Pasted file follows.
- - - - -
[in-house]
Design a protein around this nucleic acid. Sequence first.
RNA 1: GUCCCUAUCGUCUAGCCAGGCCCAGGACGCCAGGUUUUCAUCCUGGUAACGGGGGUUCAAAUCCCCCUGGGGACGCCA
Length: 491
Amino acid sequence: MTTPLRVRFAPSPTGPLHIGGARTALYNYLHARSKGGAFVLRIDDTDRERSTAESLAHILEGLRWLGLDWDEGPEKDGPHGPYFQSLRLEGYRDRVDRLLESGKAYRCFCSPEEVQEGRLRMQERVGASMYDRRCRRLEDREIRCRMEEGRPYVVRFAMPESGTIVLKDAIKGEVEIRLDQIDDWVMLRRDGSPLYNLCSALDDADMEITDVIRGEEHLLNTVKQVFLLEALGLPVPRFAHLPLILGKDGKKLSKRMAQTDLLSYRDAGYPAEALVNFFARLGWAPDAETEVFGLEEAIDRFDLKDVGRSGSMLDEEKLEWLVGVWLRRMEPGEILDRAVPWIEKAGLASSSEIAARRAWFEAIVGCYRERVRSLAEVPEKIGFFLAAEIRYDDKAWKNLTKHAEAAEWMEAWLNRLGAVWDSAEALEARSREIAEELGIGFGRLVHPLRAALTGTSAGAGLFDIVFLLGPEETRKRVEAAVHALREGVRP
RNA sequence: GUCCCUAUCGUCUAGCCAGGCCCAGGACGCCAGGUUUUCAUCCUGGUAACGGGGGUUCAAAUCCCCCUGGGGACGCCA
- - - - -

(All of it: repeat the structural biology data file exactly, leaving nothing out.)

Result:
[in-house]
Design a protein around this nucleic acid. Sequence first.
RNA 1: GUCCCUAUCGUCUAGCCAGGCCCAGGACGCCAGGUUUUCAUCCUGGUAACGGGGGUUCAAAUCCCCCUGGGGACGCCA
Length: 491
Amino acid sequence: MTTPLRVRFAPSPTGPLHIGGARTALYNYLHARSKGGAFVLRIDDTDRERSTAESLAHILEGLRWLGLDWDEGPEKDGPHGPYFQSLRLEGYRDRVDRLLESGKAYRCFCSPEEVQEGRLRMQERVGASMYDRRCRRLEDREIRCRMEEGRPYVVRFAMPESGTIVLKDAIKGEVEIRLDQIDDWVMLRRDGSPLYNLCSALDDADMEITDVIRGEEHLLNTVKQVFLLEALGLPVPRFAHLPLILGKDGKKLSKRMAQTDLLSYRDAGYPAEALVNFFARLGWAPDAETEVFGLEEAIDRFDLKDVGRSGSMLDEEKLEWLVGVWLRRMEPGEILDRAVPWIEKAGLASSSEIAARRAWFEAIVGCYRERVRSLAEVPEKIGFFLAAEIRYDDKAWKNLTKHAEAAEWMEAWLNRLGAVWDSAEALEARSREIAEELGIGFGRLVHPLRAALTGTSAGAGLFDIVFLLGPEETRKRVEAAVHALREGVRP
RNA sequence: GUCCCUAUCGUCUAGCCAGGCCCAGGACGCCAGGUUUUCAUCCUGGUAACGGGGGUUCAAAUCCCCCUGGGGACGCCA